The wave of redundancies has mainly engulfed junior staff so far, but now the water is rising up to the boardroom

First it was the workers. Now bosses are starting to suffer too. During times of economic hardship, those on the bottom deck are usually the first to be sucked under, but as the current crisis deepens, management level are seeing the water lapping at their trouser bottoms. Even company directors have reason to be wary.

“It’s a bit of nightmare, to be honest,” says David Jackson, managing partner of construction and engineering headhunter Stone Executive. “Most large construction companies are looking to cut back and one way of doing that is by letting senior staff go. By the same token, companies don’t want to take on any new senior staff, so it has become a vicious circle.”

Senior executives entering the job market now will be startled by how quickly the balance of power has shifted from candidate to employer. “A year ago there were more jobs around than there were good candidates and it was hard to get quality people,” says Mark Heald, director of construction and property at recruitment firm PSD Group. “If you did persuade someone to resign, the company they worked for would try to hold on to them with promises of promotions, more money and better working terms. Now there are a damn sight more candidates than there are jobs.”

The turning point came very suddenly last autumn, according to Robert Smith, chairman of the Management Recruitment Group. “Until October or November the recruitment market was fairly buoyant. Then we had the first wave of redundancies and a lot of people came onto the job market – from the housing sector in particular.”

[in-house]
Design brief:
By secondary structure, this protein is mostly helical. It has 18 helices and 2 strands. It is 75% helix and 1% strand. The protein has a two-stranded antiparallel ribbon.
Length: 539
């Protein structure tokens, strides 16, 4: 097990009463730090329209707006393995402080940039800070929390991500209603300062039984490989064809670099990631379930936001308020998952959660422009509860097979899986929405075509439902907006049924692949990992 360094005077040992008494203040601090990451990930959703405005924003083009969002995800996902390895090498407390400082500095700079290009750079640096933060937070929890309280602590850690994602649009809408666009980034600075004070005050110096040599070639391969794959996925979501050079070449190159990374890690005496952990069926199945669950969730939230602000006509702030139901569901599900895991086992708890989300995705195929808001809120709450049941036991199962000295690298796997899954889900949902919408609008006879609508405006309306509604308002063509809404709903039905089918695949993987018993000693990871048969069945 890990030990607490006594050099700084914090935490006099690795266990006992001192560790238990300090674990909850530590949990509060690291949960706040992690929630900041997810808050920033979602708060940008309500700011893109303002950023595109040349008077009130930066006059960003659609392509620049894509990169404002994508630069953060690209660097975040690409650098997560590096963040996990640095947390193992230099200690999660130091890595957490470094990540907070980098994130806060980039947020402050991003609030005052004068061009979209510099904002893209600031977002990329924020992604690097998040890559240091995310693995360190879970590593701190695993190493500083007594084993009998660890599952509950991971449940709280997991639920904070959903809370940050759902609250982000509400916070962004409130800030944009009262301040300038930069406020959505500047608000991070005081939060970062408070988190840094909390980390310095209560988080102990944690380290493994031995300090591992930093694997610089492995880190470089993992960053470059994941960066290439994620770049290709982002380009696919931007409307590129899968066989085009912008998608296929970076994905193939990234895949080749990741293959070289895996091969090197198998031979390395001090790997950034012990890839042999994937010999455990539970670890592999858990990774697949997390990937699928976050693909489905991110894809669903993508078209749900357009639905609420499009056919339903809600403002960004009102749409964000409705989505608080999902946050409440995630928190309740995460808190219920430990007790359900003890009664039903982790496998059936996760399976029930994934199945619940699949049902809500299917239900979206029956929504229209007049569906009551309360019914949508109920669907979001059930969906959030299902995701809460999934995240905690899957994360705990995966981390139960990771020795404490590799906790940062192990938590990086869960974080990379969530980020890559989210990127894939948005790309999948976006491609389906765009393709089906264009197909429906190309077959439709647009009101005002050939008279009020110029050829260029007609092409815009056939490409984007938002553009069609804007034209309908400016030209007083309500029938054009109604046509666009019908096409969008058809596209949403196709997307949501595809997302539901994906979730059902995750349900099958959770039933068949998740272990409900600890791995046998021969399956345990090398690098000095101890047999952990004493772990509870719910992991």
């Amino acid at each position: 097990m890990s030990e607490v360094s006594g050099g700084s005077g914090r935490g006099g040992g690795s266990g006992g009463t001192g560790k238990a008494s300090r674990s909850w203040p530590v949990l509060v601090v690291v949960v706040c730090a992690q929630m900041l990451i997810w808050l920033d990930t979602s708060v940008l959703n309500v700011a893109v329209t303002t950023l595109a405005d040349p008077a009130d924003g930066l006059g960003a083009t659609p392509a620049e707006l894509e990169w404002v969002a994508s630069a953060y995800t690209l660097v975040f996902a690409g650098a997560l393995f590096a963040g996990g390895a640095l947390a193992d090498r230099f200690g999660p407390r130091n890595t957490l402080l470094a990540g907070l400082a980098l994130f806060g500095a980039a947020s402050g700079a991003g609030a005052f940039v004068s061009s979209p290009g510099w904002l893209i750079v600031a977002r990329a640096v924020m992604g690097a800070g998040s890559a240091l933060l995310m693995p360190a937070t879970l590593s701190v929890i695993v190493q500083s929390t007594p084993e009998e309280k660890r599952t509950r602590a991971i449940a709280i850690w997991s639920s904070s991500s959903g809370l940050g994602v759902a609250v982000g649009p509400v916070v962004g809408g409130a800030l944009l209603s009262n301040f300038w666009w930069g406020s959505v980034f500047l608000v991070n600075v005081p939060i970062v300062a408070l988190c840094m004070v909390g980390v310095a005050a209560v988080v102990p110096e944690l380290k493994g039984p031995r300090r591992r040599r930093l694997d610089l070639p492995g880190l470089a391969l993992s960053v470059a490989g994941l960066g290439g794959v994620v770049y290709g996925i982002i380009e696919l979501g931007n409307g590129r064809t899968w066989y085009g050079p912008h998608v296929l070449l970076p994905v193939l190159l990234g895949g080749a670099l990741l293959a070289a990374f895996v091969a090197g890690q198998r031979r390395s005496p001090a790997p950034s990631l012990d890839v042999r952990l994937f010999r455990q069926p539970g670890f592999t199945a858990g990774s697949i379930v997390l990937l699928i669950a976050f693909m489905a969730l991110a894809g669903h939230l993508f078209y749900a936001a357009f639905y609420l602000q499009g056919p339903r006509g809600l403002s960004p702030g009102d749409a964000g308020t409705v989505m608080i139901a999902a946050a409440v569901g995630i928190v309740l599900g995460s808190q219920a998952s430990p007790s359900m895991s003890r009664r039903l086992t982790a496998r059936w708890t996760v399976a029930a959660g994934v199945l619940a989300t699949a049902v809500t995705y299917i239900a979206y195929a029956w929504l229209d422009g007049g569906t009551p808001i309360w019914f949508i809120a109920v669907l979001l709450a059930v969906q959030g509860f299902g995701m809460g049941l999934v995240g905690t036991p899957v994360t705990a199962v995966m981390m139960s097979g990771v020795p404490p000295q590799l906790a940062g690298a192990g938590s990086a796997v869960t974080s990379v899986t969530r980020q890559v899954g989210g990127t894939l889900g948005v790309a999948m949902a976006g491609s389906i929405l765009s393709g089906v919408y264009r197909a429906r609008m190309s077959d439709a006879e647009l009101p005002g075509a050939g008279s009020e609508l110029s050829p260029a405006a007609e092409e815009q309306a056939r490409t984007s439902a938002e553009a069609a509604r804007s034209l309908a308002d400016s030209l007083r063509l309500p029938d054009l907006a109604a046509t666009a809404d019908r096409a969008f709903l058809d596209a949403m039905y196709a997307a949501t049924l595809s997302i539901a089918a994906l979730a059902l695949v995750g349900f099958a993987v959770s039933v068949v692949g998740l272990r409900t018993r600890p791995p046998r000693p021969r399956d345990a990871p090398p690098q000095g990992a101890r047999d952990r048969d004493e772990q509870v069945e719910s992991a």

These executives with a housing background will find it hardest to find new positions – not only because their sector has been worst hit, but because many will have little experience of other areas.

“A lot of the senior executives, managing directors or regional managers in the housebuilding sector joined their companies from school,” says Jackson. “Some have come up through the ranks from being a bricklayer and ended up as managing director, so all their experience has been in housebuilding. It’s very hard for them to diversify, because moving into the commercial building industry requires a different set of skills.”

Across the board, newer managers are most likely to face the chop. This is because it is easier to make relatively new members of staff redundant and they are due smaller pay-outs. Smith says many of the executives who have approached him looking for new positions had only been in their jobs for a year or so.

But long service is not always a protection, as Lesley Fletcher of real estate headhunter Thomas Cole Kinder confirms. “We have seen some really good people with fantastic experience of working with solid blue-chip companies being let go,” she says. “Sometimes it is the older, more experienced people who go because the overhead of keeping them on is much higher than paying them a standard redundancy package.”

The other side of the coin is that managers who could command high payouts if they were made redundant are reluctant to move around, which is further freezing the recruitment market.

A lot of senior staff in housebuilding have come up through the ranks from being a bricklayer, so all their experience is in housebuilding

David Jackson, Stone Executive

Heald recalls a recent client who was offered a senior position with a salary of about £180,000: “He was due to accept, but then got the willies. He said, ‘I’ve been there nine years, if I get made redundant I’m due nine years’ redundancy pay, whereas if I start at a new company I’ll be the first out’.”

What next?

So how do top-level construction professionals cope with finding themselves back in an increasingly competitive job market? Rachel Brushfield is a career strategist with talent management consultant Energise, who helps managers “reinvent” themselves. “Being made redundant is a rejection and it feels very personal,

whether someone has been with a company for years or just a few months,” she says. “But everyone has a transferable skillset. It’s important to take a step back and look at yourself in terms of skills, qualities and experience and how you could apply those in a different context.”

She tries to convince her rejected executives that moving on from a company can be a positive thing. “If you are in a job, you can just be cruising. Sometimes people end up doing something much better for them elsewhere and they probably wouldn’t have changed if they hadn’t been forced to.”